6.065

6.4275

$0.363

5.98%

Jul

Soybeans

9.2125

9.415

9.39

($0.025)

-0.27%

Jul

Soy Meal

301.9

305.9

300.9

($5.000)

-1.63%

Jul

Soybean Oil

31.01

32.29

33.11

$0.820

2.54%

Jun

Live Cattle

130.825

131.25

121.7

($9.550)

-7.28%

Aug

Feeder Cattle

158.73

154.18

147.88

($6.300)

-4.09%

Jul

Lean Hogs

81.975

82.7

82.325

($0.375)

-0.45%

Jul

Cotton

76.69

75.69

71.88

($3.810)

-5.03%

Jul

Oats

2.46

2.5225

2.6925

$0.170

6.74%

 

Cotton futures were down 5% this week. The longs decided the party is over and everyone is heading home. The market is a bit oversold, however, and the Texas forecast is pretty hot. Planting in the 15 reporting states was 92% finished as of Sunday, with squaring also slightly ahead of the average pace at 15% (vs. 12%). Total upland cotton export commitments are 65.3% larger than last year. They are 103% of the USDA, projected export total, vs. 100% last year and the average of 105%. CFTC on Friday afternoon indicated that the large spec funds had reduced their net long in cotton by 11,012 contracts for the week, to a net of 68,915 on Tuesday COB (Close of Business). Commercial hedgers had reduced their net short by 15,836 contracts that week.

Live cattle futures plunged 7.3% in the June contract this week, with the deferred down a little less. Feeder cattle futures lost 4.1% over the week due to weakness in the fats. Wholesale beef prices were lower. Choice boxed beef dropped $1.37 for the week, with Select down 49 cents. Friday’s Ch/Se spread was $30.04 as cattle with finish on them remain scarce. Cash cattle trade was limited as operators resisted lower prices. Reported cash trade ranged from $132 earlier in the week to $124-126 on Thursday, with some $127 bids on Friday. Northern quotes were $202-206. Weekly beef production was up 1.3% from last week, and up 0.7% from the same week in 2016. Year to date production is now up 3.8% on 5.7% more slaughter. Carcass weights are creeping higher, but still the lowest in several years. CFTC showed the spec fund longs again adding to their positions in cattle, b7 2,764 contracts. That put them net long 132,551 as of June 13.  The record net long is 145,394 contracts from September 2010.

Lean hog futures slipped 0.45% this week, or 37 cents. The CME Lean Hog index rose to 82.93 on Friday from $79.41 a week earlier ( 4.4%). Weekly pork production was down 0.7% from last week, and 1.1% larger than the same week in 2016. Pork production YTD is now 2.3% larger than last year. Weekly slaughter was 1.3% larger than the same week in 2016.  We expect weekly slaughter to drop seasonally into July, but with most weeks still above the comparable year ago week. The USDA pork carcass value was up $3.18 or 3.44% for the week, going home at $95.63 per hundredweight. The Commitment of Traders report indicated that the spec funds added 1,177 contracts to their net long position in lean hog futures and options during the week ending June 13, putting them net long 64,603 at that time. The record is much larger at 97,952.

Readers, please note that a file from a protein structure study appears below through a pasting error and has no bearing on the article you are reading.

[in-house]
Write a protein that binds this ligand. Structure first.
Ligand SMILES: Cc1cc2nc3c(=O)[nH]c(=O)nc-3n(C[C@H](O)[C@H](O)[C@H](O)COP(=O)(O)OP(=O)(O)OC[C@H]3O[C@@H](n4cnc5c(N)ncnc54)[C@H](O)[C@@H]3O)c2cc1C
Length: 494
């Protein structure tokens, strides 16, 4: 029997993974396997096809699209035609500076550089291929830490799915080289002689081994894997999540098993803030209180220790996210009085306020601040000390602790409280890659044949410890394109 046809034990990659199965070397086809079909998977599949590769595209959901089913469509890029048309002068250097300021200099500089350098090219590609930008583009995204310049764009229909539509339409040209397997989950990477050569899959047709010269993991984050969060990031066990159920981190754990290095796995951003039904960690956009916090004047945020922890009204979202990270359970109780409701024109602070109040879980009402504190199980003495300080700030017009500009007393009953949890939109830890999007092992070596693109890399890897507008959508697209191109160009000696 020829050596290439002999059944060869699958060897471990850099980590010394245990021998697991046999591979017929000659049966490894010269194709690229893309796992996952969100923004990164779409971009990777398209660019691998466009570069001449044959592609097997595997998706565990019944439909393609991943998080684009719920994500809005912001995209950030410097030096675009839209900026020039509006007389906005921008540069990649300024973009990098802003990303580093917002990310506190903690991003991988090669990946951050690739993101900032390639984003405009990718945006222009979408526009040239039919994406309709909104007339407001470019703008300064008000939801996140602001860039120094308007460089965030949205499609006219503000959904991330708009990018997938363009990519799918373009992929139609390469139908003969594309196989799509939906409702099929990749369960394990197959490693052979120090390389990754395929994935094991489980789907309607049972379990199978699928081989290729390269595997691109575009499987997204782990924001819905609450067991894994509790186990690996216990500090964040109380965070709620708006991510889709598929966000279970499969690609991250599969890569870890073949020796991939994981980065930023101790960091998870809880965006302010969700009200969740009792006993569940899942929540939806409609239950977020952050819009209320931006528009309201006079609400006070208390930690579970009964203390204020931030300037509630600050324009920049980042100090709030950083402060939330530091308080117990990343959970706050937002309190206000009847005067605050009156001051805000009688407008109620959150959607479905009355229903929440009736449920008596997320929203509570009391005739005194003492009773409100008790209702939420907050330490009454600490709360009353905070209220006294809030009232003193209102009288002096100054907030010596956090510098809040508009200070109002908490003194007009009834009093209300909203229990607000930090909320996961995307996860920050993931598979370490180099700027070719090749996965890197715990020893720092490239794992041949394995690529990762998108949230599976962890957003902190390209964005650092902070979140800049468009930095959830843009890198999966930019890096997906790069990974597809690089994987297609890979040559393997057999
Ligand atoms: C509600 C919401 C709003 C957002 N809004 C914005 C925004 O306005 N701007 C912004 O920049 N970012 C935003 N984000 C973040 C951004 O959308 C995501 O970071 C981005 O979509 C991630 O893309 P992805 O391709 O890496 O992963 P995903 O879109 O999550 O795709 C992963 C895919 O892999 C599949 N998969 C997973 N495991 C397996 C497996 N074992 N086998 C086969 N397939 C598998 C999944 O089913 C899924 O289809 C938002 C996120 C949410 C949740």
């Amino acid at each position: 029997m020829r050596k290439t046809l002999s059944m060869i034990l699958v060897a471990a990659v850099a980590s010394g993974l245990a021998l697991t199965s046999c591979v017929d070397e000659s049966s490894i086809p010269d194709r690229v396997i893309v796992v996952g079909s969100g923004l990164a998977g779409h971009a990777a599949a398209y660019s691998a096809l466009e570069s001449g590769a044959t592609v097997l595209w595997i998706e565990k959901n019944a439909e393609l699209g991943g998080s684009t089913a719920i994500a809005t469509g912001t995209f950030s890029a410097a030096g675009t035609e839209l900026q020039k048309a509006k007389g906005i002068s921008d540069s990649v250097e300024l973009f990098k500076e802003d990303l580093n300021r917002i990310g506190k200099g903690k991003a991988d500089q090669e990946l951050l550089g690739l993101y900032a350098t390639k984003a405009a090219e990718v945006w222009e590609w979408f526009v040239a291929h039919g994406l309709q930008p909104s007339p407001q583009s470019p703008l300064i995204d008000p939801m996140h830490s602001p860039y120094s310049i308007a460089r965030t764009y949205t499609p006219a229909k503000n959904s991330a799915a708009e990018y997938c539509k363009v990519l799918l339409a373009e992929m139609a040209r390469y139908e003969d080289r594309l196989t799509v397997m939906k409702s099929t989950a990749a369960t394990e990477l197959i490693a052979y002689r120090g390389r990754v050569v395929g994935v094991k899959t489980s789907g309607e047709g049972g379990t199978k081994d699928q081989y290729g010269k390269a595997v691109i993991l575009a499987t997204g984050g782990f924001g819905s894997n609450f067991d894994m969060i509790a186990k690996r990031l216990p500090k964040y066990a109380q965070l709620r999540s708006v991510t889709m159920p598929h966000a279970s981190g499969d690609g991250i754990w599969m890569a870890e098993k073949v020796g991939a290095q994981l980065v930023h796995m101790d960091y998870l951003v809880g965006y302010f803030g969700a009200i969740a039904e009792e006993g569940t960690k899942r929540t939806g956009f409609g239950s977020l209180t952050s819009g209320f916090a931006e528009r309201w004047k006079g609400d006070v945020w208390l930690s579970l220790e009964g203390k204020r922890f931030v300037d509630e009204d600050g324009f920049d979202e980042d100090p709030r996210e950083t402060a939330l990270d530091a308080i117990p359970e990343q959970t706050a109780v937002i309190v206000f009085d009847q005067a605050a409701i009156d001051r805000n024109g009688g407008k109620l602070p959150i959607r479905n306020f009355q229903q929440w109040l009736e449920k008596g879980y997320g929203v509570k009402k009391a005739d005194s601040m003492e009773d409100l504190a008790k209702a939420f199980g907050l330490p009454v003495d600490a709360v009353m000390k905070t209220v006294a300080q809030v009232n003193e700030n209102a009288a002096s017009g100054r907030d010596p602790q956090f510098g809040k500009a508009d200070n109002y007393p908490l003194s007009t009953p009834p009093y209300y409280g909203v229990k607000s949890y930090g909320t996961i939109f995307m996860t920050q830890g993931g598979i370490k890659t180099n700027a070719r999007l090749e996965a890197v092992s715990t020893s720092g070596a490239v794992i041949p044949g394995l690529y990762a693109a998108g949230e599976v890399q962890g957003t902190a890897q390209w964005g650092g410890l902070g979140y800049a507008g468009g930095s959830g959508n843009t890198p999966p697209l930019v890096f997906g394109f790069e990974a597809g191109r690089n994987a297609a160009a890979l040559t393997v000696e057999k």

Market Watch

We are on a pretty regular reporting schedule this week. The USDA Export Inspections report and Crop Progress reports will be out on Monday, with traders expecting an improvement in the corn and soybean ratings, along with spring wheat. Wednesday will have the weekly EIA report. The regular USDA Export Sales report will be on Thursday. The monthly USDA Cold Storage report is scheduled for Thursday afternoon, with Cattle on Feed on Friday.  The 23rd will also mark the expiration of July grain options.

Visit our Brugler web site at http://www.bruglermarketing.com or call 402-289-2330 for more information on our consulting and advisory services for farm family enterprises and agribusinesses. Sound analysis and advice makes a difference!

There is a risk of loss in futures and options trading. Past performance is not necessarily indicative of future results.